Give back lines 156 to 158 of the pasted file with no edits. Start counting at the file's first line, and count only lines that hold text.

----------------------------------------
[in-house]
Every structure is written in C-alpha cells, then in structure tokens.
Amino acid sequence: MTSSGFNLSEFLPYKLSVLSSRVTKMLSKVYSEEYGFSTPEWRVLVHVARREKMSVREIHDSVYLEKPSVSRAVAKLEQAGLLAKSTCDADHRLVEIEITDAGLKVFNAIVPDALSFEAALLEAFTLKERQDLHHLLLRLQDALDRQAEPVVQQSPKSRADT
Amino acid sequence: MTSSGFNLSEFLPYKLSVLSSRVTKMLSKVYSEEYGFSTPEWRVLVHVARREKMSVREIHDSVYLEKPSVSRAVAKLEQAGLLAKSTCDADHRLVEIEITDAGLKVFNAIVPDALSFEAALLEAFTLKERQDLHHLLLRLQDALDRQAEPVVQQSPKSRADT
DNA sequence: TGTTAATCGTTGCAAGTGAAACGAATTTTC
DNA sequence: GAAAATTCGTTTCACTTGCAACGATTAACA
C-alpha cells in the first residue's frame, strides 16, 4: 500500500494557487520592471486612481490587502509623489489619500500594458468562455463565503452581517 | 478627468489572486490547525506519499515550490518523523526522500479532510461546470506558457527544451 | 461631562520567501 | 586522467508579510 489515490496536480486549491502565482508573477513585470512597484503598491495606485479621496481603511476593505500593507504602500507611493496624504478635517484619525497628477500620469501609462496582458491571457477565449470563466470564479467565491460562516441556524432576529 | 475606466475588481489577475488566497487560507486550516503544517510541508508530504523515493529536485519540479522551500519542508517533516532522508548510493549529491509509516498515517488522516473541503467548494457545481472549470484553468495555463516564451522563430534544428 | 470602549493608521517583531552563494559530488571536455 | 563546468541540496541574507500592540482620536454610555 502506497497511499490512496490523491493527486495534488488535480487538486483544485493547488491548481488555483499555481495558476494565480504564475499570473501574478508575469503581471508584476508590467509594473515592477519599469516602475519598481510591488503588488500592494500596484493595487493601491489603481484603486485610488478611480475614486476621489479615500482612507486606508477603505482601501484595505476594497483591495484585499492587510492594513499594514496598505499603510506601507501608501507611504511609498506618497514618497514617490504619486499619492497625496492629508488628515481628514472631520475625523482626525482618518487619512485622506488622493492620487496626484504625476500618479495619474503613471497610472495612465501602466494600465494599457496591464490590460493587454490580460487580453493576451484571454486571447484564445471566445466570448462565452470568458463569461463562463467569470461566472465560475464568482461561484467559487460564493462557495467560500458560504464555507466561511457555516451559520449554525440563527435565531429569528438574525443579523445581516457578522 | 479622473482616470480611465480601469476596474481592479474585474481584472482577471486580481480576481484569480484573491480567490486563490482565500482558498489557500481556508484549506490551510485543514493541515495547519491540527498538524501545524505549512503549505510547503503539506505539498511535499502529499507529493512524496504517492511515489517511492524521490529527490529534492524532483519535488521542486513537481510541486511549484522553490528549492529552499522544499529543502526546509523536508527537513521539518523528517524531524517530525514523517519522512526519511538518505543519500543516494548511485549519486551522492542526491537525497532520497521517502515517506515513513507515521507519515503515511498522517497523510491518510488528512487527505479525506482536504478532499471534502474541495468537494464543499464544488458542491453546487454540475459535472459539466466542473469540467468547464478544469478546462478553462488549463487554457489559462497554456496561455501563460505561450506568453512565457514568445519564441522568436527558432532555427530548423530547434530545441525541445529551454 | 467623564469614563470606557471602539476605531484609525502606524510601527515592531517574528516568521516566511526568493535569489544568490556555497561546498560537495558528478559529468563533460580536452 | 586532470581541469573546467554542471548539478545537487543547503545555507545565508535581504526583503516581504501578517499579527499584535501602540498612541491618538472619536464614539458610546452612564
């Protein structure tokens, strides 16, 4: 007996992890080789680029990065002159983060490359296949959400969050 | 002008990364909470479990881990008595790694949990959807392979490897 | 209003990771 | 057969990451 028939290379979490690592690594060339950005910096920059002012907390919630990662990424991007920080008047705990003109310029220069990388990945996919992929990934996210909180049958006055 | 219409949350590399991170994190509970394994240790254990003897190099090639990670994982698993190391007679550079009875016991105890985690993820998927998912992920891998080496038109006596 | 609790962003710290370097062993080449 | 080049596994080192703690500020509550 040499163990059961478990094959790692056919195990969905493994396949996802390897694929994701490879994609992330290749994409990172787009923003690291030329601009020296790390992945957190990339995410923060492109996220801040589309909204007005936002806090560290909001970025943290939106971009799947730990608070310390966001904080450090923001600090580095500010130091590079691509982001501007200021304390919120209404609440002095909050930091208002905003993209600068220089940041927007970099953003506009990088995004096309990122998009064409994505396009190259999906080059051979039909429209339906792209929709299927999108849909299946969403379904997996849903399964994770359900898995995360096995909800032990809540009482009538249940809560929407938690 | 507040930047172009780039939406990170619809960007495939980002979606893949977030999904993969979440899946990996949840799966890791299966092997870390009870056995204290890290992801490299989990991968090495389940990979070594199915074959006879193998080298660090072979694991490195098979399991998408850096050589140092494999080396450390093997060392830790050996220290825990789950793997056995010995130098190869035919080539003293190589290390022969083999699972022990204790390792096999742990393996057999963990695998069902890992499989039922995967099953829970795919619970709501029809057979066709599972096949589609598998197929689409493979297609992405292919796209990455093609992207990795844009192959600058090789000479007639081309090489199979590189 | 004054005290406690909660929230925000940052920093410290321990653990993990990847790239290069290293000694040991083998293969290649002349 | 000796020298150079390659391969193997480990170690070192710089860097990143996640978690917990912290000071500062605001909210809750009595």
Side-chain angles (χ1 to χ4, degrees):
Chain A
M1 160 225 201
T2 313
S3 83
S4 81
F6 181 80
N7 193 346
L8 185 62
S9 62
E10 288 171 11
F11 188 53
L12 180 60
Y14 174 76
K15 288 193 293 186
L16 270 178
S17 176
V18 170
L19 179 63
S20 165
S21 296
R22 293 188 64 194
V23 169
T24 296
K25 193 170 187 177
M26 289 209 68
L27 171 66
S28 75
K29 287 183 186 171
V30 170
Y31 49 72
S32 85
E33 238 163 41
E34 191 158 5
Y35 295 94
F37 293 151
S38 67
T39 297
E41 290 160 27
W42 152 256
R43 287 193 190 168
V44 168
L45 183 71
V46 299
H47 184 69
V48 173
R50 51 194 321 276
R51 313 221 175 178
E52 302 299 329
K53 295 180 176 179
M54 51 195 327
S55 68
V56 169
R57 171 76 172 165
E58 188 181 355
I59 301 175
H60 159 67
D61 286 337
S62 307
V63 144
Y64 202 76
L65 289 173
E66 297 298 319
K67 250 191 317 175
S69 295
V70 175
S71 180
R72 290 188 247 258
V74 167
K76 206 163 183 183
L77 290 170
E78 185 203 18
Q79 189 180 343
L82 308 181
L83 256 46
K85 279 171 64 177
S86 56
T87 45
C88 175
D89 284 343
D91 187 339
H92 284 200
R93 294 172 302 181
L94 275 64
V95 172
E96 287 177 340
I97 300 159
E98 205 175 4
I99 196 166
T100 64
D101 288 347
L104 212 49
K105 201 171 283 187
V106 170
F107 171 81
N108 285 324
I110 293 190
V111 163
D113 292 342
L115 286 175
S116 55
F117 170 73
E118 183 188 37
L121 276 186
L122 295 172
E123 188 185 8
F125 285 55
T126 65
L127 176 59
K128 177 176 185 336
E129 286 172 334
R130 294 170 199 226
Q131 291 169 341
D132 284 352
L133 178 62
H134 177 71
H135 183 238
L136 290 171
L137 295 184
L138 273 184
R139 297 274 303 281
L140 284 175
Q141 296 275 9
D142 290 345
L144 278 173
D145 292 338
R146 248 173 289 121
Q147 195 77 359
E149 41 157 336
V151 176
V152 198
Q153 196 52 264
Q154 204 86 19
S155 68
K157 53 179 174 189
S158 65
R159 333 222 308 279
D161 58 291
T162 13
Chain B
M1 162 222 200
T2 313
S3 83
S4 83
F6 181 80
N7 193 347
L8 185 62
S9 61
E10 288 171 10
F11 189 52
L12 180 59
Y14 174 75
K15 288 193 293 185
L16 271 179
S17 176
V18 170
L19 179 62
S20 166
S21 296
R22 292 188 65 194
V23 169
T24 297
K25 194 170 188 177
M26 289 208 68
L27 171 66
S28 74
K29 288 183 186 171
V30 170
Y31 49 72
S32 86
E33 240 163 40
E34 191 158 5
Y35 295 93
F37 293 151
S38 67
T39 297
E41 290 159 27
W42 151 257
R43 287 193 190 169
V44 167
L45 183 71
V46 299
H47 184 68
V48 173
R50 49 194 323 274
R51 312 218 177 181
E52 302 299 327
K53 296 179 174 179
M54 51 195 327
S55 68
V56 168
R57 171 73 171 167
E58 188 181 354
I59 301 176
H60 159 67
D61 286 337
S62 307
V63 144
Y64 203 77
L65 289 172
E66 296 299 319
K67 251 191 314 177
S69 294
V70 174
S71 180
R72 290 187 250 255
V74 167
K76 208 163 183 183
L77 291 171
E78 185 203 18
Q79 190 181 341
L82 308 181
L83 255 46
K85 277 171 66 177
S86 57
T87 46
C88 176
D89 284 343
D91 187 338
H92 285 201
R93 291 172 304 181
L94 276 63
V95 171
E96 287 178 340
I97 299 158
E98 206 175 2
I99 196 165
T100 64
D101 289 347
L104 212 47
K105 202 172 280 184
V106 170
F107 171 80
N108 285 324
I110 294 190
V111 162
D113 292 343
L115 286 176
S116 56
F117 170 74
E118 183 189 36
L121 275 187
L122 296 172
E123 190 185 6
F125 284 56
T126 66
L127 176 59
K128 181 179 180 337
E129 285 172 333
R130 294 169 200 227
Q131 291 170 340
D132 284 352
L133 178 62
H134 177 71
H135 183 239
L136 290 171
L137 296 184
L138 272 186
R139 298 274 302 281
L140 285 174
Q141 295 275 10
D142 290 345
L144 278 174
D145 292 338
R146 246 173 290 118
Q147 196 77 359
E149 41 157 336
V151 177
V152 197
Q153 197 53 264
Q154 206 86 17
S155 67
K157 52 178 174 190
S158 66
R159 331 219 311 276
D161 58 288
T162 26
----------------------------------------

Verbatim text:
S9 61
E10 288 171 10
F11 189 52